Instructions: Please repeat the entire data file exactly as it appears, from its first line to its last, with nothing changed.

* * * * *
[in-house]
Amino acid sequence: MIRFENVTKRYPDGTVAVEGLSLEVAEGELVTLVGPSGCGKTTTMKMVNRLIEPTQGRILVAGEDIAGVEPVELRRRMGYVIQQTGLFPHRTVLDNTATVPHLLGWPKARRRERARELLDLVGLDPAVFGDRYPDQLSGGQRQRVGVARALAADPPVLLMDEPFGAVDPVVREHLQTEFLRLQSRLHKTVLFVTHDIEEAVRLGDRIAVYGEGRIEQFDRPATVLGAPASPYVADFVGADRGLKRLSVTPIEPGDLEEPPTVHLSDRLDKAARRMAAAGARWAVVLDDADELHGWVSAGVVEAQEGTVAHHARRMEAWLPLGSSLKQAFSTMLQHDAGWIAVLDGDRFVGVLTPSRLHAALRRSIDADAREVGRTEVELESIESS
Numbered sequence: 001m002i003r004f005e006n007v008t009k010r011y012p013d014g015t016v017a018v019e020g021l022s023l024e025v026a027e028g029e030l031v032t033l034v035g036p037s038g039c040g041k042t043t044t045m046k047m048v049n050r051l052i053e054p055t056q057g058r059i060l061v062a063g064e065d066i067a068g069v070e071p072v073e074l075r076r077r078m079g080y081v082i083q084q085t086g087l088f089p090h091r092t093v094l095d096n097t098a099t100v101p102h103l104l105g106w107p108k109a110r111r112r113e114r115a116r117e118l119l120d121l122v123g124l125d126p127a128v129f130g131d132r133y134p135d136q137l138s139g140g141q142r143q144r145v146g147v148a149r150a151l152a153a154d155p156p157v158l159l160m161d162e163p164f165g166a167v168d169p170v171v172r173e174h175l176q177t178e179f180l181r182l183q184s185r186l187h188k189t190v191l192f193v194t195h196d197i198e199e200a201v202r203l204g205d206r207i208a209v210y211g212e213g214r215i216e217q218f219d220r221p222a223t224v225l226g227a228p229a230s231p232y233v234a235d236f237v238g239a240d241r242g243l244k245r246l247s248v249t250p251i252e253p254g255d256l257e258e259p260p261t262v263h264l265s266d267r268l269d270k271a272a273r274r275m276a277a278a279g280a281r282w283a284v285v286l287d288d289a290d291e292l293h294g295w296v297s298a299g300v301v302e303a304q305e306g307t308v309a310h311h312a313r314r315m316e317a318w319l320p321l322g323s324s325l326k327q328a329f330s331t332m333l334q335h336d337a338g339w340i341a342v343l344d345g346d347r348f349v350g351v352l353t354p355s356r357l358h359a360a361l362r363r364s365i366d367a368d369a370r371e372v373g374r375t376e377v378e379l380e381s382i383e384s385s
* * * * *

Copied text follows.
[in-house]
Amino acid sequence: MIRFENVTKRYPDGTVAVEGLSLEVAEGELVTLVGPSGCGKTTTMKMVNRLIEPTQGRILVAGEDIAGVEPVELRRRMGYVIQQTGLFPHRTVLDNTATVPHLLGWPKARRRERARELLDLVGLDPAVFGDRYPDQLSGGQRQRVGVARALAADPPVLLMDEPFGAVDPVVREHLQTEFLRLQSRLHKTVLFVTHDIEEAVRLGDRIAVYGEGRIEQFDRPATVLGAPASPYVADFVGADRGLKRLSVTPIEPGDLEEPPTVHLSDRLDKAARRMAAAGARWAVVLDDADELHGWVSAGVVEAQEGTVAHHARRMEAWLPLGSSLKQAFSTMLQHDAGWIAVLDGDRFVGVLTPSRLHAALRRSIDADAREVGRTEVELESIESS
Numbered sequence: 001m002i003r004f005e006n007v008t009k010r011y012p013d014g015t016v017a018v019e020g021l022s023l024e025v026a027e028g029e030l031v032t033l034v035g036p037s038g039c040g041k042t043t044t045m046k047m048v049n050r051l052i053e054p055t056q057g058r059i060l061v062a063g064e065d066i067a068g069v070e071p072v073e074l075r076r077r078m079g080y081v082i083q084q085t086g087l088f089p090h091r092t093v094l095d096n097t098a099t100v101p102h103l104l105g106w107p108k109a110r111r112r113e114r115a116r117e118l119l120d121l122v123g124l125d126p127a128v129f130g131d132r133y134p135d136q137l138s139g140g141q142r143q144r145v146g147v148a149r150a151l152a153a154d155p156p157v158l159l160m161d162e163p164f165g166a167v168d169p170v171v172r173e174h175l176q177t178e179f180l181r182l183q184s185r186l187h188k189t190v191l192f193v194t195h196d197i198e199e200a201v202r203l204g205d206r207i208a209v210y211g212e213g214r215i216e217q218f219d220r221p222a223t224v225l226g227a228p229a230s231p232y233v234a235d236f237v238g239a240d241r242g243l244k245r246l247s248v249t250p251i252e253p254g255d256l257e258e259p260p261t262v263h264l265s266d267r268l269d270k271a272a273r274r275m276a277a278a279g280a281r282w283a284v285v286l287d288d289a290d291e292l293h294g295w296v297s298a299g300v301v302e303a304q305e306g307t308v309a310h311h312a313r314r315m316e317a318w319l320p321l322g323s324s325l326k327q328a329f330s331t332m333l334q335h336d337a338g339w340i341a342v343l344d345g346d347r348f349v350g351v352l353t354p355s356r357l358h359a360a361l362r363r364s365i366d367a368d369a370r371e372v373g374r375t376e377v378e379l380e381s382i383e384s385s